Iceland calling Irish musicians and fans
A cutting-edge music festival where the sun does shine . . . and shine
Iceland has more musicians and bands per capita than any other country in the world. With a population not much bigger than that of Co Galway, Iceland has produced two global platinum-selling acts (Björk and Sigur Rós) and a hit international indie band (Of Monsters and Men). In their day both Múm and GusGus redefined Nordic electronica. Currently bubbling under and destined for great things is Ásgeir.
With many more coming through thanks to the country’s all-consuming passion for music, Iceland is a case study in how to get it right despite a tiny population and limited infrastructure.
It’s a hidden bolthole for many a big-name rock star; one of the most creative places on the planet; a country where parents feel safe leaving their children in prams on the street outside cafes; a place where petty ideas of nationalism simply don’t matter. Now Iceland is – in its munificence – giving the world the music festival to end all music festivals.
Secret Solstice, a three-day outdoor event beginning June 20th, will take play during the midnight sun. More than 100 acts, local and international (Massive Attack has been confirmed as an early headliner), will perform in a hot spring valley outside Reykjavik.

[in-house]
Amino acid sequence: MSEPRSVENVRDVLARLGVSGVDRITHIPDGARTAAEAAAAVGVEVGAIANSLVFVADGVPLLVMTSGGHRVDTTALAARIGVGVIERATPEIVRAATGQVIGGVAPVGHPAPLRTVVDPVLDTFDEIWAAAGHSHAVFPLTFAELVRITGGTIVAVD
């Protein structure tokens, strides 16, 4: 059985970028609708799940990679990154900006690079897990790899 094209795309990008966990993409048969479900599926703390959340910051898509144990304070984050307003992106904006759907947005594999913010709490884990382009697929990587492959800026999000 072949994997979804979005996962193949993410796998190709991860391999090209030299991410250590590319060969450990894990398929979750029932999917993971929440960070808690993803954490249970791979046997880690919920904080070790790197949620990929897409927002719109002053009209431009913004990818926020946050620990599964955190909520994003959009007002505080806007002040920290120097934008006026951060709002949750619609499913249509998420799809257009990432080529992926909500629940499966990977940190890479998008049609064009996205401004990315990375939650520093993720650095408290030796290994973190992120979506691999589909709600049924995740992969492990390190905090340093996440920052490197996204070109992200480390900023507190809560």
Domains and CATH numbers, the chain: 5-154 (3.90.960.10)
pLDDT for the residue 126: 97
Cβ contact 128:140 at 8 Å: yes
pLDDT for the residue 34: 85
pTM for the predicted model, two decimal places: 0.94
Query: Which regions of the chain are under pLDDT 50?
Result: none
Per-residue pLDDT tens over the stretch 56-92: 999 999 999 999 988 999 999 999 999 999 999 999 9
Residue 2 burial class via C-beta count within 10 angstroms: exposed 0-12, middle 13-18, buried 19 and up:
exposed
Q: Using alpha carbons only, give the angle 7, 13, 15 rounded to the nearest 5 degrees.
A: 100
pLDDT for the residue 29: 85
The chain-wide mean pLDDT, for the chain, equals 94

Bathing in a geothermal pool the morning after the night before will be mandatory. For extra bang for your buck, there’s always the chance that a volcano will erupt. Which would be exciting – but probably would still go unnoticed.
The organisers say they are keen to maximise the number of Irish fans travelling to the festival due to the musical links between our two countries.
They also say: “We don’t have any Irish acts on the bill so far.” So if you think think you might be what the festival needs, get in touch asap (email firstname.lastname@example.org).
With a special team of set directors and designers at work dreaming up a magical festival space, the big draw for Secret Solstice is the 24 hours of sunshine daily.
“We’re putting on this unique music festival to provide attendees with music and good times in the special condition of 24-hour sunlight” say the organisers. “The summer solstice was a big thing for Celts and Vikings, and we’re of the opinion here that every cause for celebration should be used.
“Icelandic society really livens up during the summer and we often joke about people going a bit mad from the energy of the sun over the brightest part of the year. It will give festival goers that extra bit of energy.”
In addition to the the international acts, do try and look and listen to the latest in Icelandic music. From retro-dance to shoegazing, chunky-jumper folk to indietronica, the country is at the bleeding edge of new sounds and forms.
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